So, it looks like SuSEconfig is a collection of configuration files, not an executable…
Regarding umask 0022 vs 0077, looking up the table (the following Wikipedia reference can be used) the diff is between denying write vs denying all. Denying write seems to be the minimal requirement that’s necessary so that files can’t be modified or added. Denying all seems to be overkill with possible repercussions… Tightening up security beyond the minimal required involves considerable risk, with chances to cause more things (typically undesirable) to go wrong than your objective.
Typically nowadays security admins prefer to set security by policy and not individually… Because the vast number of possible settings can easily become untrackable and lead to unexpected and undesirable effects. As I described earlier in my comment about bastille, although that is based on policy, its settings were too roughly tuned to be of much use.
As for what settings should be hardened or blocked, that’s an individual decision only you can answer for your situation. Many people for example are satisfied that various layers and configurations in your default machine will do a sufficient job of securing your machine, but some people want to go that extra distance to configure redundant lockdown settings… eg For most people a hardened firewall configuration should be sufficient protections but someone else might instead want to additionally disable functionality in the kernel. Does the additional redundant setting improve security? Not if all works as expected but maybe someone wants that extra assurance to remove functionality at the lower, more basic level.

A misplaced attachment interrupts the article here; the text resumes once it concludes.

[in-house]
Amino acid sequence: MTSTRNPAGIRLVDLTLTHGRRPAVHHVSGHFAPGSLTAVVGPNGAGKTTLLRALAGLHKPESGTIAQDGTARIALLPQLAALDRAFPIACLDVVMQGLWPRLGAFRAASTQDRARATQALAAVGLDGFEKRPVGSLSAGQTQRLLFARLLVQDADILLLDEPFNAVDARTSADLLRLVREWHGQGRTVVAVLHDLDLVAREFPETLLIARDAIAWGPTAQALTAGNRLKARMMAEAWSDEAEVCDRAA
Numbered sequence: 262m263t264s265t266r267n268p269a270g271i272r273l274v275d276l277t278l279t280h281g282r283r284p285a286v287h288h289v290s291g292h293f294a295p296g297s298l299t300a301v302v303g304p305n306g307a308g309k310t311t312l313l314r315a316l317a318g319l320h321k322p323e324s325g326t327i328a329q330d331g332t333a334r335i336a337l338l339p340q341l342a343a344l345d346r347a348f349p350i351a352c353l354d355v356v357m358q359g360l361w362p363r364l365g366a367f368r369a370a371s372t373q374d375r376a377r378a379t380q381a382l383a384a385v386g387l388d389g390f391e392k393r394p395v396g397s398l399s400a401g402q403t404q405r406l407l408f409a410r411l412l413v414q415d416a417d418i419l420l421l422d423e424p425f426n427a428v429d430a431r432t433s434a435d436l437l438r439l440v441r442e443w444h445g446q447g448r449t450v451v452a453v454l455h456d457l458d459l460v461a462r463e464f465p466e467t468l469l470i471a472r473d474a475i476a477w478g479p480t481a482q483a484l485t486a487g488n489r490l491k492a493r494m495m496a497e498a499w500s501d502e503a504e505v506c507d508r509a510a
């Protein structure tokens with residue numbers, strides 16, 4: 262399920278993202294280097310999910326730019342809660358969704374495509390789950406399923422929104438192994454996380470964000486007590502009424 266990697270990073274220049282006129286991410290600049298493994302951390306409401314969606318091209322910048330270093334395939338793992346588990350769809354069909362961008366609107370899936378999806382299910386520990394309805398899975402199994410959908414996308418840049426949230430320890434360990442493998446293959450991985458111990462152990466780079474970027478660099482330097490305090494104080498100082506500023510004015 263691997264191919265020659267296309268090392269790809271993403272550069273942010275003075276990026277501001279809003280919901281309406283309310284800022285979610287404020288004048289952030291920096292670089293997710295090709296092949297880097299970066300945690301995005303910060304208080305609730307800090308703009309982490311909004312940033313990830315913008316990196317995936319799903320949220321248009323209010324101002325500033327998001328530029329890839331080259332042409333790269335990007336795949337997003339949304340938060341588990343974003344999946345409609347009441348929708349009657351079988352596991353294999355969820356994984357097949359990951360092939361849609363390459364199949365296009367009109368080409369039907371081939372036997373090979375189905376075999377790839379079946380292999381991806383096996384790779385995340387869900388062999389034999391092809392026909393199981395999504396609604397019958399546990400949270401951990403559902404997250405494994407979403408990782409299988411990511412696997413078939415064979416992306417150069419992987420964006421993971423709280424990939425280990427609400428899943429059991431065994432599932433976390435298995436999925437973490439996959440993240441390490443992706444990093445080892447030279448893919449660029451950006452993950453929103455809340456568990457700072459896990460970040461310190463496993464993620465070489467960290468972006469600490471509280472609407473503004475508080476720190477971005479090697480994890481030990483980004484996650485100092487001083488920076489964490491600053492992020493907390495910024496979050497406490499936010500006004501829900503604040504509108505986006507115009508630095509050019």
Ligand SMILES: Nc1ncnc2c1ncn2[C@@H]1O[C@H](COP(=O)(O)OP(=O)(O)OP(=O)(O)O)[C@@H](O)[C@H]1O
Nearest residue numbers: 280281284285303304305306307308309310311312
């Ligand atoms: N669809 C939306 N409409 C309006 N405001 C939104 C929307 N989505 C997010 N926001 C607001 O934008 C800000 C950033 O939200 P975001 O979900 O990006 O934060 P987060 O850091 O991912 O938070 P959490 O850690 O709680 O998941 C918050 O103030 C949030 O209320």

Today, Linux system security is more often set by SELinux (The traditional tool and still used by most distros) and AppArmor(the main tool used by openSUSE), The way I look at these two tools is that SELinux configures security from the bottom up, from the hardware and device drivers up through the various OSI layers. Apparmor on the other hand sets security from the top down, starting at the Application layer and working down through the OSI layers. Server type boxes which run relatively few applications probably are best configured using SELinux, but boxes that are often used by Users who run many applications and types of applications are probably best secured using AppArmor (which can be why openSUSE mainly uses Apparmor). Of course, there is overlap in my generalizations.